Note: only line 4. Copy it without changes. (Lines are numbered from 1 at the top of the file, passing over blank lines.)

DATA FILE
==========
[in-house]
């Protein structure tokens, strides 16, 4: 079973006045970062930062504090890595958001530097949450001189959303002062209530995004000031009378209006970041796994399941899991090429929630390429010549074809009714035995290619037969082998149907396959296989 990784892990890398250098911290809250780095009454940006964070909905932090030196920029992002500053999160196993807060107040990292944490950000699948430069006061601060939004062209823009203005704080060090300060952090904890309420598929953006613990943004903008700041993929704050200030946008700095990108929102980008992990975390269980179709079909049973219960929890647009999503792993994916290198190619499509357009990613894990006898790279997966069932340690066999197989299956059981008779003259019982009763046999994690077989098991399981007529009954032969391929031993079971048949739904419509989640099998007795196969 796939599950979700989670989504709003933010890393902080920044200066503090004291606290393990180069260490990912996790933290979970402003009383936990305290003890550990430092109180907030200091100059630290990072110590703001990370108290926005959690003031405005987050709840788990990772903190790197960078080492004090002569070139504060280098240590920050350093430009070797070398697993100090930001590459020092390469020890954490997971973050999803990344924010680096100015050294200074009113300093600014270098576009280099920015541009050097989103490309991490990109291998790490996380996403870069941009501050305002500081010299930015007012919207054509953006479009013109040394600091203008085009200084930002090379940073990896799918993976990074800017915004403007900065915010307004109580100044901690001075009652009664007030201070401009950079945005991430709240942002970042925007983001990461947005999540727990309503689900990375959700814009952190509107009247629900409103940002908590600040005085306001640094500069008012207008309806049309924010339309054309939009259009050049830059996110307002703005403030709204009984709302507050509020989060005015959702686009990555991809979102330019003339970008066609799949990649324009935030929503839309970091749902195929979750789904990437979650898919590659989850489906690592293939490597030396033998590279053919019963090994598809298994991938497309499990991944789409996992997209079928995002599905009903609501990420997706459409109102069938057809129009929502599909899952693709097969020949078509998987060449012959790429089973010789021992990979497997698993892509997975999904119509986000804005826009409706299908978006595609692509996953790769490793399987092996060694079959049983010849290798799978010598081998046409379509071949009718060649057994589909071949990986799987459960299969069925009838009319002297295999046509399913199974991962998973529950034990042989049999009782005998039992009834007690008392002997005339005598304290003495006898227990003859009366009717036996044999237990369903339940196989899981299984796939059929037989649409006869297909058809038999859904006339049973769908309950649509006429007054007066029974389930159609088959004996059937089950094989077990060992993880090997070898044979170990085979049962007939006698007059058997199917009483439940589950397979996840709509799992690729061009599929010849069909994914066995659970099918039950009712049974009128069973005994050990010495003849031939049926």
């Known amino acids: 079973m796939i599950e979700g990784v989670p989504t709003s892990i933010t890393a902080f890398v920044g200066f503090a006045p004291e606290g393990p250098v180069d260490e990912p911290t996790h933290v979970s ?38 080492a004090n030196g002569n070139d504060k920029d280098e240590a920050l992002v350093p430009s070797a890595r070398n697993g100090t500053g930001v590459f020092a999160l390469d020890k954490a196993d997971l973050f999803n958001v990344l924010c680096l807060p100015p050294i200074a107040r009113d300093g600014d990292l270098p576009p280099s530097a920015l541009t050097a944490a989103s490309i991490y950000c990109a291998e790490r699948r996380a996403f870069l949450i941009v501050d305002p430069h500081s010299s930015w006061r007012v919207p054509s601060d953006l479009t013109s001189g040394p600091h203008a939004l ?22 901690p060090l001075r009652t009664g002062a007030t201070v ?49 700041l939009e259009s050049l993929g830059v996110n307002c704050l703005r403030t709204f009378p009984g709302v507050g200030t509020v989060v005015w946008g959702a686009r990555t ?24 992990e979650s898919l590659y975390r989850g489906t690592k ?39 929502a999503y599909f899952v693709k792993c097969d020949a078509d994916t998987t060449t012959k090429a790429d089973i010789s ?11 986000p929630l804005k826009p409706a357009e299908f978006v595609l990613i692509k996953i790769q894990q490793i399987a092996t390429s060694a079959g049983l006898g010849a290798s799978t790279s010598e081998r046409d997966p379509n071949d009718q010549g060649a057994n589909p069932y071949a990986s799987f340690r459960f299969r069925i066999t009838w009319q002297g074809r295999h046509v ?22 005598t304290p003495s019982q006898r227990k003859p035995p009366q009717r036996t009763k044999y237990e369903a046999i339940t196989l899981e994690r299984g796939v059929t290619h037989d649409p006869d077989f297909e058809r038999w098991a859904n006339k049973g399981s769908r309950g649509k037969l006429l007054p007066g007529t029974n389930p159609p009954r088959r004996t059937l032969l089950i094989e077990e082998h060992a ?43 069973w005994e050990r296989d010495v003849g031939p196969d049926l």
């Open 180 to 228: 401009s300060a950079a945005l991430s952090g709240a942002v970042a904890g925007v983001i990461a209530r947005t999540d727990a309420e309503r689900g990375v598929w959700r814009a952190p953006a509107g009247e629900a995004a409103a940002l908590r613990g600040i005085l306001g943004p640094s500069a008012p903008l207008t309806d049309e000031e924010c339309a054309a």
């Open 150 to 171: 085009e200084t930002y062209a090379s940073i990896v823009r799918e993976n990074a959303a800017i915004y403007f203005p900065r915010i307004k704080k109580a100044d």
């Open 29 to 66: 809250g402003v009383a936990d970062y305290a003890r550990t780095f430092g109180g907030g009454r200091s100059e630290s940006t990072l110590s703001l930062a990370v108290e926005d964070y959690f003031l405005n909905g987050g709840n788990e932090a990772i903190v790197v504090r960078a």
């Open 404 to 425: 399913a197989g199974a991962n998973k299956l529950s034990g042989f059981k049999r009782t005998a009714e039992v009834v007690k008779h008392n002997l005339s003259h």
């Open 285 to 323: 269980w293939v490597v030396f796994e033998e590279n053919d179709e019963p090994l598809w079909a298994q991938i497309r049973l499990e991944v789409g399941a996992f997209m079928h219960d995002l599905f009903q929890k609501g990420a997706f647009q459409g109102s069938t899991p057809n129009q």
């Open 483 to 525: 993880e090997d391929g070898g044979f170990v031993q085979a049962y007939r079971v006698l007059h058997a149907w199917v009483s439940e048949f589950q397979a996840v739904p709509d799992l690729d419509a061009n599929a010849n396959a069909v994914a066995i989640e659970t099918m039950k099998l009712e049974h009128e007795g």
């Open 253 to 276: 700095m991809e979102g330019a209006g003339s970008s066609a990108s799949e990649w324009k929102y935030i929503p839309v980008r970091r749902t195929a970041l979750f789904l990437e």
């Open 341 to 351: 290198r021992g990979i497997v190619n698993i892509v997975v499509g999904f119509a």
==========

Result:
């Open 180 to 228: 401009s300060a950079a945005l991430s952090g709240a942002v970042a904890g925007v983001i990461a209530r947005t999540d727990a309420e309503r689900g990375v598929w959700r814009a952190p953006a509107g009247e629900a995004a409103a940002l908590r613990g600040i005085l306001g943004p640094s500069a008012p903008l207008t309806d049309e000031e924010c339309a054309a």